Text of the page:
Barbara Sherwood joined us to share all we need to know about celiac disease. From symptoms to diagnosis to treatments.
What is Celiac Disease?
Celiac disease is a condition in which eating gluten (a protein found in foods that contain wheat, rye, and barley) causes symptoms. Celiac disease is an autoimmune disease that is hereditary (runs in the family).
An autoimmune disease is a condition that occurs when the body’s immune system (infection-fighting system) mistakenly attacks and destroys the body’s tissue. In celiac disease, gluten causes a reaction that destroys the lining of the small intestines. This reduces the area for absorbing virtually all nutrients.
What are the Symptoms?
Symptoms of celiac disease can be different in each person. Common symptoms are: Diarrhea or constipation, Vomiting and weight loss, Malnutrition, Anemia (low levels of red blood cells), Tiredness or fatigue, Bone or joint pain, Depression, Stomach bloating and pain, Short stature in children
People who suffer from irritable bowel-like stomach problems, headaches, fatigue, numbness, and depression may have gluten sensitivity.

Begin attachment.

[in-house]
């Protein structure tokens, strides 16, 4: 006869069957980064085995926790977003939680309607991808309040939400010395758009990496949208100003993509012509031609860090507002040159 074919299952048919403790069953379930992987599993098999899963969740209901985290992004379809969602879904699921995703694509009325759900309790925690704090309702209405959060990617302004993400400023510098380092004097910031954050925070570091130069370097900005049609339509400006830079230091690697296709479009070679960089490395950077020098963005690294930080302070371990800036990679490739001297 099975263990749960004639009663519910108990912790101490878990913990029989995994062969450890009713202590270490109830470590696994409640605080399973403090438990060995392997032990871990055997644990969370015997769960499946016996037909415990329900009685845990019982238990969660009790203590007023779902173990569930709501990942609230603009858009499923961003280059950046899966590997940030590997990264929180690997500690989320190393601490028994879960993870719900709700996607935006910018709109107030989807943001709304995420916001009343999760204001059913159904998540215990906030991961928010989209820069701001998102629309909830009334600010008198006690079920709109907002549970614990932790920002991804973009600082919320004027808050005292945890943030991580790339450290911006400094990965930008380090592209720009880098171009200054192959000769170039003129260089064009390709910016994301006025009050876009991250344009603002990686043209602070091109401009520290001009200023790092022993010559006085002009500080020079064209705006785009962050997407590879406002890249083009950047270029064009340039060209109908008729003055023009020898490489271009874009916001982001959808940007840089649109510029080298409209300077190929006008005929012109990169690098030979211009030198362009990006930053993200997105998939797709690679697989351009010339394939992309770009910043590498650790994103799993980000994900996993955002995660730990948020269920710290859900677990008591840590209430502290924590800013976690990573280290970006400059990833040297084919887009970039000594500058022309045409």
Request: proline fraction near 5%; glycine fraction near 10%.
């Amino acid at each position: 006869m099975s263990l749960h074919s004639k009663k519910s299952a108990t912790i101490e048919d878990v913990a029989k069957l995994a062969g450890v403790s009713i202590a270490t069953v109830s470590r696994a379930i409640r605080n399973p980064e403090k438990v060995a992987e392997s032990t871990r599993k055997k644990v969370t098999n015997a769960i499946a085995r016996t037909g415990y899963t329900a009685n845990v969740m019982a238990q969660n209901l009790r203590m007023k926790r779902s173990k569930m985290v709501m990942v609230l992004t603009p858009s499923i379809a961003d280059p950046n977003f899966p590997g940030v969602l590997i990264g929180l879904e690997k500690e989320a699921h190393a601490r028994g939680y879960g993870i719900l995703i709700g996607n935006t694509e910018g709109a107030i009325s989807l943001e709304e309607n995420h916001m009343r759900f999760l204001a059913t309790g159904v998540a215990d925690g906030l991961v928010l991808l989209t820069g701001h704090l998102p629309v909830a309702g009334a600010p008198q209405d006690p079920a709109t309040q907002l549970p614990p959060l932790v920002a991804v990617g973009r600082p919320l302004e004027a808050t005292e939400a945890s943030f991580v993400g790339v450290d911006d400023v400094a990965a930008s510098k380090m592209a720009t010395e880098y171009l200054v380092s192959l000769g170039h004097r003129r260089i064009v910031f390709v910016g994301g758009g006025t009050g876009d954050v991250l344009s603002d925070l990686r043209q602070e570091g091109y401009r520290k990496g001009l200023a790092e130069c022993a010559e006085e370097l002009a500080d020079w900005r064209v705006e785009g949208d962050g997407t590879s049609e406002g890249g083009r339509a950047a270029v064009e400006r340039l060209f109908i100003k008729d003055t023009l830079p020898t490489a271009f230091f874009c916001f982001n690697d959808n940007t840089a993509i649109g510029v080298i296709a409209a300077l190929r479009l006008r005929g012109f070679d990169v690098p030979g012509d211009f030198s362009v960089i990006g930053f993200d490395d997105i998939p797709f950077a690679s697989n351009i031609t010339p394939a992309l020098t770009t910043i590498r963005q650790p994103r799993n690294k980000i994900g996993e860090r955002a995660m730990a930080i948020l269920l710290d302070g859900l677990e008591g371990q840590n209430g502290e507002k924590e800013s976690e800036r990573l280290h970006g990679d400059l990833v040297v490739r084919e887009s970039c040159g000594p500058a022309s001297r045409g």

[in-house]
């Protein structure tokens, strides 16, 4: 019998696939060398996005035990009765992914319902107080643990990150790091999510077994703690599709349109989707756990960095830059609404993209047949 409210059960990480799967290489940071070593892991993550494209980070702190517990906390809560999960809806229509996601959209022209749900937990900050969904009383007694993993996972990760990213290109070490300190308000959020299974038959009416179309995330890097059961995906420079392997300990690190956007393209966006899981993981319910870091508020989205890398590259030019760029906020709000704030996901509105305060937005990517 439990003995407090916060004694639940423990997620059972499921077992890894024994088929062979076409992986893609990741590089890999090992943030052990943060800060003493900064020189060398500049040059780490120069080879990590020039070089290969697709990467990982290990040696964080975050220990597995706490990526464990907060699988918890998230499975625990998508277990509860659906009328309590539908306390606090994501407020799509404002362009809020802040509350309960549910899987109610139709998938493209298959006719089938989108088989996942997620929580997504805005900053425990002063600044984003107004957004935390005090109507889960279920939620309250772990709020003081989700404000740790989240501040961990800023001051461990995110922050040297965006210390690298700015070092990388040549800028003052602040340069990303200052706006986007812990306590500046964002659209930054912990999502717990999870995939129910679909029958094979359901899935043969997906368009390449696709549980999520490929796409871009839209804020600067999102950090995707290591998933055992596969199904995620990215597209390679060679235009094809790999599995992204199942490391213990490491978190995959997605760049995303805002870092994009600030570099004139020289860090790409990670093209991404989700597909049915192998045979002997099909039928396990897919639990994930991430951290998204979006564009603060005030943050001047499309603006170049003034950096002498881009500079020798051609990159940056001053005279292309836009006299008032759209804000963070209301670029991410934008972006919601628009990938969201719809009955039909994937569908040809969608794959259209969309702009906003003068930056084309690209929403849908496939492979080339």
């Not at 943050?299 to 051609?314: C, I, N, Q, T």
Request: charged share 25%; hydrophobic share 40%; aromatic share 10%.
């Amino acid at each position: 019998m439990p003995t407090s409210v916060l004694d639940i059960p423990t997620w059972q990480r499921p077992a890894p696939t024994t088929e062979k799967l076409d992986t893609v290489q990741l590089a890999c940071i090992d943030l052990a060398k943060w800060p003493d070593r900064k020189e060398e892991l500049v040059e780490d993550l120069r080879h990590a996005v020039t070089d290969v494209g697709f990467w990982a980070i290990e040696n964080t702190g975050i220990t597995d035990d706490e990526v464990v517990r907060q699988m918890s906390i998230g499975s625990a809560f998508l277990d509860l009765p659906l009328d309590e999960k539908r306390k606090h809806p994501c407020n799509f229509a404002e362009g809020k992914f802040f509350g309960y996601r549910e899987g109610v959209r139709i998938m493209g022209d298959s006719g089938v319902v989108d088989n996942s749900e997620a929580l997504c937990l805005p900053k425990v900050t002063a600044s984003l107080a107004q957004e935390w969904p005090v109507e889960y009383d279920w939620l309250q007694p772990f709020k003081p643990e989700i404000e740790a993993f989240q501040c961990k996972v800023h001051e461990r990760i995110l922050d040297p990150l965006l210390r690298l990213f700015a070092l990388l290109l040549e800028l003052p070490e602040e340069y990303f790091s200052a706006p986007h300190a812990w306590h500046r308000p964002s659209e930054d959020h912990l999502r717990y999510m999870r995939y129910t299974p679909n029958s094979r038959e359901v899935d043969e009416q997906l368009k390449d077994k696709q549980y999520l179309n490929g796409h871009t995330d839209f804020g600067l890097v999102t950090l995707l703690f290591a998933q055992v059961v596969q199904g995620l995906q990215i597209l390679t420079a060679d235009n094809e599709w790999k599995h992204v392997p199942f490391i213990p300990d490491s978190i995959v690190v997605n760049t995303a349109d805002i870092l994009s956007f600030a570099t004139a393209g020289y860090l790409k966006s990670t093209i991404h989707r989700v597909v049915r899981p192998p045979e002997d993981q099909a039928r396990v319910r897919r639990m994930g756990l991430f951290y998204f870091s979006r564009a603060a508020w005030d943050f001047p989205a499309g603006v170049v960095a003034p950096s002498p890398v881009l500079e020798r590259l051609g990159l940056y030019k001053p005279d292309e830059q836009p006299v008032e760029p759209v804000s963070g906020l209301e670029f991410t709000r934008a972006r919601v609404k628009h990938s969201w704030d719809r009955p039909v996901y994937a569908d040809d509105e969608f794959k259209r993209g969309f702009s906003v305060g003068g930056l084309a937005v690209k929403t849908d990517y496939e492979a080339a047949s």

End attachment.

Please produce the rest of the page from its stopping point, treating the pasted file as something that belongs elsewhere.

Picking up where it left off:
How is it diagnosed?
Celiac disease is diagnosed with blood tests. The results of the test may need to be confirmed with a biopsy of the small intestine. A biopsy is done during a procedure called an endoscopy.
How is it Treated?
The treatment for celiac disease or gluten intolerance is to eat a gluten-free diet. Removing gluten from your diet allows the intestines to heal. Healing time is different for each person.
You will have to stay on the gluten-free diet even after you feel well because eating gluten can damage the small intestine, cause nutrient deficiencies and malnutrition, keep the immune system from working properly and makes it hard for the body to fight infections.
For more information, visit intermountainhealthcare.org/nutrition.
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